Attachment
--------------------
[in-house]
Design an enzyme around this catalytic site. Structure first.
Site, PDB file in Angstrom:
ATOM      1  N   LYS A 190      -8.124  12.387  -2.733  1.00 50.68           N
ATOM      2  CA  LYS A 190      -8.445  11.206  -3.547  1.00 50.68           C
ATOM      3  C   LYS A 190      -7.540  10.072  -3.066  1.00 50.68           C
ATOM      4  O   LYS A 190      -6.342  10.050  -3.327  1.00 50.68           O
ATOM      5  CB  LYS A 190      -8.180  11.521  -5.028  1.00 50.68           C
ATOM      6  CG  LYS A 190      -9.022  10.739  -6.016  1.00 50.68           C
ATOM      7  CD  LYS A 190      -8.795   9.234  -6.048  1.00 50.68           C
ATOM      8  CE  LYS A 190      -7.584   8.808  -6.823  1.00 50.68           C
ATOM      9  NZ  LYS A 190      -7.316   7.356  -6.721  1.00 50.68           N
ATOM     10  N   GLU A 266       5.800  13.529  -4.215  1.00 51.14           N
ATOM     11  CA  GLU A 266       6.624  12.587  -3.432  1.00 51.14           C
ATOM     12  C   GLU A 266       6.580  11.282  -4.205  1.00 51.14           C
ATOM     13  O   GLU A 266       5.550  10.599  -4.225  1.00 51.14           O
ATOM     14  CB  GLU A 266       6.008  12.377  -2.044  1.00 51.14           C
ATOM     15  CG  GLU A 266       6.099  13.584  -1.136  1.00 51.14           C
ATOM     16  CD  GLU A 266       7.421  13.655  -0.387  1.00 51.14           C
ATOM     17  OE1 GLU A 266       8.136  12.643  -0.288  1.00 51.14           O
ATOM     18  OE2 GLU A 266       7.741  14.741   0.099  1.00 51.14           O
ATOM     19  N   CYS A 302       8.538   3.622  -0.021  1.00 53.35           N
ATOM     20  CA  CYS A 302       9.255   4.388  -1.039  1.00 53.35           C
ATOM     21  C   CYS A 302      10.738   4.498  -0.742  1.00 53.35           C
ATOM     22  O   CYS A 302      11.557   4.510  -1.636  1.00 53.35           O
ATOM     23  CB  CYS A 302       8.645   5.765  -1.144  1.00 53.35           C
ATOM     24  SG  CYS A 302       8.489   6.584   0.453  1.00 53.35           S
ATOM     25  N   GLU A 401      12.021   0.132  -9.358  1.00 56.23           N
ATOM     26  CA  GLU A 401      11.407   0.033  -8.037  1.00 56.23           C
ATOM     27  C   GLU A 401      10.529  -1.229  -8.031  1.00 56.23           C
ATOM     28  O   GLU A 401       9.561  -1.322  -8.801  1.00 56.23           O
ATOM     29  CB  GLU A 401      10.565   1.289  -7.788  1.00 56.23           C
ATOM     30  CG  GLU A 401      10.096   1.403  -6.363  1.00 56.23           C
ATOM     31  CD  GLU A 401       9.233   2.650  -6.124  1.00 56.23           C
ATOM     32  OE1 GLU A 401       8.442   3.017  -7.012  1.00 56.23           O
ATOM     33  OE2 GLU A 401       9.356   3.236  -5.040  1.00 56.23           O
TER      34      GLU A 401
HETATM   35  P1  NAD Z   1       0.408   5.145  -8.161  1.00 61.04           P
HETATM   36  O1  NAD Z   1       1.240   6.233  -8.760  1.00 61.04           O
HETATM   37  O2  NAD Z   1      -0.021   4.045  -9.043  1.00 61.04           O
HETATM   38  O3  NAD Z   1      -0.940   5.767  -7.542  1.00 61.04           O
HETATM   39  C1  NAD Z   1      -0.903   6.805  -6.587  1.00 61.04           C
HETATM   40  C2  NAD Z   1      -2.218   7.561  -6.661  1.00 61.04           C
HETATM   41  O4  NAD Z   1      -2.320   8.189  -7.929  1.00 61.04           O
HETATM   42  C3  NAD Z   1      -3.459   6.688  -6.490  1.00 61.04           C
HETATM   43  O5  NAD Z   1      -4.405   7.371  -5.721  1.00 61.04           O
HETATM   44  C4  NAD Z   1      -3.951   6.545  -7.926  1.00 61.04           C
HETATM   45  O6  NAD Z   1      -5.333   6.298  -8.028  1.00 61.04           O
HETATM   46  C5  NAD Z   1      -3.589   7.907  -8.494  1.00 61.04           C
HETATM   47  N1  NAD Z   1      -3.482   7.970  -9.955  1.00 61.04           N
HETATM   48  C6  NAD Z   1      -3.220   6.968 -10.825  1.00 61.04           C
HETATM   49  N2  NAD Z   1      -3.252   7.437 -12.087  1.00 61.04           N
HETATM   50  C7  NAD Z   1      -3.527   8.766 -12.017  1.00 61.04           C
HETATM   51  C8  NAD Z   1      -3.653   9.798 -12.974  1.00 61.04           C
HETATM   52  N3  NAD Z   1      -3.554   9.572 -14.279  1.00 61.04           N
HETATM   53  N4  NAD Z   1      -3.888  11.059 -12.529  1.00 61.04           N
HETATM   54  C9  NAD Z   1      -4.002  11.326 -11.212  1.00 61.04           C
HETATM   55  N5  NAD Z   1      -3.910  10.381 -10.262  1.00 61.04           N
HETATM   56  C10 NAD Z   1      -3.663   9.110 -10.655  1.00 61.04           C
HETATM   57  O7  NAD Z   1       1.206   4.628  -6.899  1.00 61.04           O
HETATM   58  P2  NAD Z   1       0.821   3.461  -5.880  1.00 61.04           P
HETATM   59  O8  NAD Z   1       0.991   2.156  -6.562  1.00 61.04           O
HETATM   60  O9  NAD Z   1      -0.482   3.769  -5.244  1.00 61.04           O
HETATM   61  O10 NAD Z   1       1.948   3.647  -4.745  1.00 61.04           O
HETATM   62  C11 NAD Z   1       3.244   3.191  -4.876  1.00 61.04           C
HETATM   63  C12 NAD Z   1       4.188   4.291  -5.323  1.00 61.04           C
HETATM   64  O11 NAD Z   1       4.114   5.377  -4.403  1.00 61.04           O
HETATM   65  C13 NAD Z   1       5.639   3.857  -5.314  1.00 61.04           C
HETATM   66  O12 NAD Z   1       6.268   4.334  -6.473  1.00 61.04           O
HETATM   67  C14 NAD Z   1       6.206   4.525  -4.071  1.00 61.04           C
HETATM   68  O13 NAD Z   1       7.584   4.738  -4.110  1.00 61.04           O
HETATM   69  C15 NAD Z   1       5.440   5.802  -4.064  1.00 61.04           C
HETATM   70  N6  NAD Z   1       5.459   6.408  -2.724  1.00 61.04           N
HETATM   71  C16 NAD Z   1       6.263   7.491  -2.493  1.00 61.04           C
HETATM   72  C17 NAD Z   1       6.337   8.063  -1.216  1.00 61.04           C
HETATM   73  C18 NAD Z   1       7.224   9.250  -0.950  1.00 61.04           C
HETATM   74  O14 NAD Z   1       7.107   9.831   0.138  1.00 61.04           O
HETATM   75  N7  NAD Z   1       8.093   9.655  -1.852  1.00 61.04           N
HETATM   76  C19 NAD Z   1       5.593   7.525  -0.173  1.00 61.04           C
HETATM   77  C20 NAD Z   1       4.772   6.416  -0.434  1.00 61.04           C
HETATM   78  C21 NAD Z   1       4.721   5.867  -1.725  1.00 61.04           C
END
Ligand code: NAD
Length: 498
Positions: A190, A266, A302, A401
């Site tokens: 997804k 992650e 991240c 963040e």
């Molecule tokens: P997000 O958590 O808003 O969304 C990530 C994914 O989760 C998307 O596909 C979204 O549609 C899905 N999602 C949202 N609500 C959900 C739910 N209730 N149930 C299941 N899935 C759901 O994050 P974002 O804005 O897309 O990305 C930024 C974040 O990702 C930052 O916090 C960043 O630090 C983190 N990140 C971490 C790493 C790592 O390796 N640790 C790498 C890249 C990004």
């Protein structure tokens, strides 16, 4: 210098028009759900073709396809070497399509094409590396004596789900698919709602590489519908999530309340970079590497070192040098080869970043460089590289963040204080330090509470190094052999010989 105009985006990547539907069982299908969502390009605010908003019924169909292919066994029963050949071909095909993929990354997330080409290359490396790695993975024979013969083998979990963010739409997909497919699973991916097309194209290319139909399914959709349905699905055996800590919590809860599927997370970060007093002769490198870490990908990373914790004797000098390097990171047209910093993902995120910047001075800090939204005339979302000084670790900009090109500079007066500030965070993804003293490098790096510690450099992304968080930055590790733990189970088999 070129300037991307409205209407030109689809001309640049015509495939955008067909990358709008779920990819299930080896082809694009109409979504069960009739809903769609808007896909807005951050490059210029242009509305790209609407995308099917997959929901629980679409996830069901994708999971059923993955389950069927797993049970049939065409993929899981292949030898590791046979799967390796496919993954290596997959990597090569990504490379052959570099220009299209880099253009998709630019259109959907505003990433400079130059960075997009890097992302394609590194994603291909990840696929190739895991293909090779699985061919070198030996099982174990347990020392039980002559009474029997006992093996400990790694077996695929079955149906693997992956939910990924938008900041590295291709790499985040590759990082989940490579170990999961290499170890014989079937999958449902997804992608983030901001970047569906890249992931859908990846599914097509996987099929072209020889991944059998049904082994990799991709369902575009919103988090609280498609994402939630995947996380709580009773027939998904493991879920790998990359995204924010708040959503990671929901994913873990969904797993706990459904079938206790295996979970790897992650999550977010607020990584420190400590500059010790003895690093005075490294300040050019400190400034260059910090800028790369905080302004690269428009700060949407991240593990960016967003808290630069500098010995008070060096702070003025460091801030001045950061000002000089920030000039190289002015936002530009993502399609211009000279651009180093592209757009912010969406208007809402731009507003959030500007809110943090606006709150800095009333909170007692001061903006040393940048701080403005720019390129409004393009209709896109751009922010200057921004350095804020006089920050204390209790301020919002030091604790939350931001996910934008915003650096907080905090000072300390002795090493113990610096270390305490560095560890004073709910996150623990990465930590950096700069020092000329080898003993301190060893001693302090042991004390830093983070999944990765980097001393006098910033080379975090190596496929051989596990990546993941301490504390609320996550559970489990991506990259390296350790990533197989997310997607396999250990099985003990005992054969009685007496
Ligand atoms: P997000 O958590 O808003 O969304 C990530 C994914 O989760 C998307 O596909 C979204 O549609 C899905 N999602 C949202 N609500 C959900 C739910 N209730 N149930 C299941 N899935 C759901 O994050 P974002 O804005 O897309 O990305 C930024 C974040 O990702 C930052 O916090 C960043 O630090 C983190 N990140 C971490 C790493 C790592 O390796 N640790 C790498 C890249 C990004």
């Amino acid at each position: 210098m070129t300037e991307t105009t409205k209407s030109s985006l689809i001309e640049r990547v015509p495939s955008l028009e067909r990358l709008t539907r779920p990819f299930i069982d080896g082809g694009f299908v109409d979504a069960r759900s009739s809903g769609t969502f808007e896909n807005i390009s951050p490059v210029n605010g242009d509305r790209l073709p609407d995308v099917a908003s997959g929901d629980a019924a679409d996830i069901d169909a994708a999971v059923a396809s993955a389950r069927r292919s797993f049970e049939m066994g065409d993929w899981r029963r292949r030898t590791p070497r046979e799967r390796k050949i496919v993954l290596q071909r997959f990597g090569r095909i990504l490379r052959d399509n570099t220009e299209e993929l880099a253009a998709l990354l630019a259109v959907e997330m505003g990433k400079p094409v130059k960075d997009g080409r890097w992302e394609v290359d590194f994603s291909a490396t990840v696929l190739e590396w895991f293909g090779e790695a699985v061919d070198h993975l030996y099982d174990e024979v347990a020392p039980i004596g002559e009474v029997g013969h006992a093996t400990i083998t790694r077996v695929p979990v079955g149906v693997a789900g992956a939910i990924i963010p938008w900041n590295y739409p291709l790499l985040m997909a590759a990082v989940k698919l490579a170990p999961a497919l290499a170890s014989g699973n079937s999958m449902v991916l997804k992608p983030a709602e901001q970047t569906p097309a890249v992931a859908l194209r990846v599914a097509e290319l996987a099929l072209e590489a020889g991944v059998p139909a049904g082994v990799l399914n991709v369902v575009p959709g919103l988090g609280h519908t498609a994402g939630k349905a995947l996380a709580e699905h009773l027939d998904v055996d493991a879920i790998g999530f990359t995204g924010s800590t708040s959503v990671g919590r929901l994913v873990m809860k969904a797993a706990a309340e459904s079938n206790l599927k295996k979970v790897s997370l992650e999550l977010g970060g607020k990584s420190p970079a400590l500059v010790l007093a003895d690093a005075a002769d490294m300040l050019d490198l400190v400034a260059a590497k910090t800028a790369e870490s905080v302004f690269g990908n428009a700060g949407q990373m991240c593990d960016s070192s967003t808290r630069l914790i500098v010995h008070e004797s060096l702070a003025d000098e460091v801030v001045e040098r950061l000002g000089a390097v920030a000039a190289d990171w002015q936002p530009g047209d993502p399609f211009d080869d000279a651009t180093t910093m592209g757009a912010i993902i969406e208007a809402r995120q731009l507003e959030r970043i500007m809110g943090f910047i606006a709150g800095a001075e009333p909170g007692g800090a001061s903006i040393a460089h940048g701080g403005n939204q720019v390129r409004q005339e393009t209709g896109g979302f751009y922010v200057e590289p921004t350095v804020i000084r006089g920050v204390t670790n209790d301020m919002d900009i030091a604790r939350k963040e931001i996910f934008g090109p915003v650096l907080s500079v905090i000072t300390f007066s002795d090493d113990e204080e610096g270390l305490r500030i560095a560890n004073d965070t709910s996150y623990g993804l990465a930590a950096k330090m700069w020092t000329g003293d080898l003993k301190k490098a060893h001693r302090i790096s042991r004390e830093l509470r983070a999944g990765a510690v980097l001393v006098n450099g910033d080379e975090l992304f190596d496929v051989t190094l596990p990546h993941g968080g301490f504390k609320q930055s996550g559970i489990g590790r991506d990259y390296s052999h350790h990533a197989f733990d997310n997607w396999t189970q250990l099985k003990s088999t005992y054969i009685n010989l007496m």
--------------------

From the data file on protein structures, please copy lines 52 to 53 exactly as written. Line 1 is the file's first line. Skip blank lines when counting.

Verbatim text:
HETATM   49  N2  NAD Z   1      -3.252   7.437 -12.087  1.00 61.04           N
HETATM   50  C7  NAD Z   1      -3.527   8.766 -12.017  1.00 61.04           C